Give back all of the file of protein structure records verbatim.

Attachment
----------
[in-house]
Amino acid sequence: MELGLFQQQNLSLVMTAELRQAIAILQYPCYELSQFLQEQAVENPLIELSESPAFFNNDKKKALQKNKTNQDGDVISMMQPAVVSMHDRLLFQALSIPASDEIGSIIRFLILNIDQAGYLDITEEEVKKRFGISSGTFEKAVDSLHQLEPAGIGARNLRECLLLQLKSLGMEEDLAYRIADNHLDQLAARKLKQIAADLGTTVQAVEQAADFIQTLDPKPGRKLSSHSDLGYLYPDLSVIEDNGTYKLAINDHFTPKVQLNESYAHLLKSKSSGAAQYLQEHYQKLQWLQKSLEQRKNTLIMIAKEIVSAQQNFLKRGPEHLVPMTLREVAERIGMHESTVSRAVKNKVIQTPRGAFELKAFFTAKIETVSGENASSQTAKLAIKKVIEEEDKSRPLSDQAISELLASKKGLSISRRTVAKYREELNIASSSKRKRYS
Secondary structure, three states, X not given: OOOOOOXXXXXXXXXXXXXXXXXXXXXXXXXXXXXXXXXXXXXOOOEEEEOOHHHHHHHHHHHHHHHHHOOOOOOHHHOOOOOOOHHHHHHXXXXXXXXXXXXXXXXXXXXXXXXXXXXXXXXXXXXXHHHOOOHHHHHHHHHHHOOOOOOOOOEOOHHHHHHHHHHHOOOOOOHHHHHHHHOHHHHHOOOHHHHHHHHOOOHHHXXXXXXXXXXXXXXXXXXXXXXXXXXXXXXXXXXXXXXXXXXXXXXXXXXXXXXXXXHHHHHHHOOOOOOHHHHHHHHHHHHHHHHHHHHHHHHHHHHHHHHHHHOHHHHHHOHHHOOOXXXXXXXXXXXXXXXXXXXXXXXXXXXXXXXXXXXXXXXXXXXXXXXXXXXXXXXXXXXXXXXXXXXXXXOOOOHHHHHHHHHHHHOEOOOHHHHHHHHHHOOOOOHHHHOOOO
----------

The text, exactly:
[in-house]
Amino acid sequence: MELGLFQQQNLSLVMTAELRQAIAILQYPCYELSQFLQEQAVENPLIELSESPAFFNNDKKKALQKNKTNQDGDVISMMQPAVVSMHDRLLFQALSIPASDEIGSIIRFLILNIDQAGYLDITEEEVKKRFGISSGTFEKAVDSLHQLEPAGIGARNLRECLLLQLKSLGMEEDLAYRIADNHLDQLAARKLKQIAADLGTTVQAVEQAADFIQTLDPKPGRKLSSHSDLGYLYPDLSVIEDNGTYKLAINDHFTPKVQLNESYAHLLKSKSSGAAQYLQEHYQKLQWLQKSLEQRKNTLIMIAKEIVSAQQNFLKRGPEHLVPMTLREVAERIGMHESTVSRAVKNKVIQTPRGAFELKAFFTAKIETVSGENASSQTAKLAIKKVIEEEDKSRPLSDQAISELLASKKGLSISRRTVAKYREELNIASSSKRKRYS
Secondary structure, three states, X not given: OOOOOOXXXXXXXXXXXXXXXXXXXXXXXXXXXXXXXXXXXXXOOOEEEEOOHHHHHHHHHHHHHHHHHOOOOOOHHHOOOOOOOHHHHHHXXXXXXXXXXXXXXXXXXXXXXXXXXXXXXXXXXXXXHHHOOOHHHHHHHHHHHOOOOOOOOOEOOHHHHHHHHHHHOOOOOOHHHHHHHHOHHHHHOOOHHHHHHHHOOOHHHXXXXXXXXXXXXXXXXXXXXXXXXXXXXXXXXXXXXXXXXXXXXXXXXXXXXXXXXXHHHHHHHOOOOOOHHHHHHHHHHHHHHHHHHHHHHHHHHHHHHHHHHHOHHHHHHOHHHOOOXXXXXXXXXXXXXXXXXXXXXXXXXXXXXXXXXXXXXXXXXXXXXXXXXXXXXXXXXXXXXXXXXXXXXXOOOOHHHHHHHHHHHHOEOOOHHHHHHHHHHOOOOOHHHHOOOO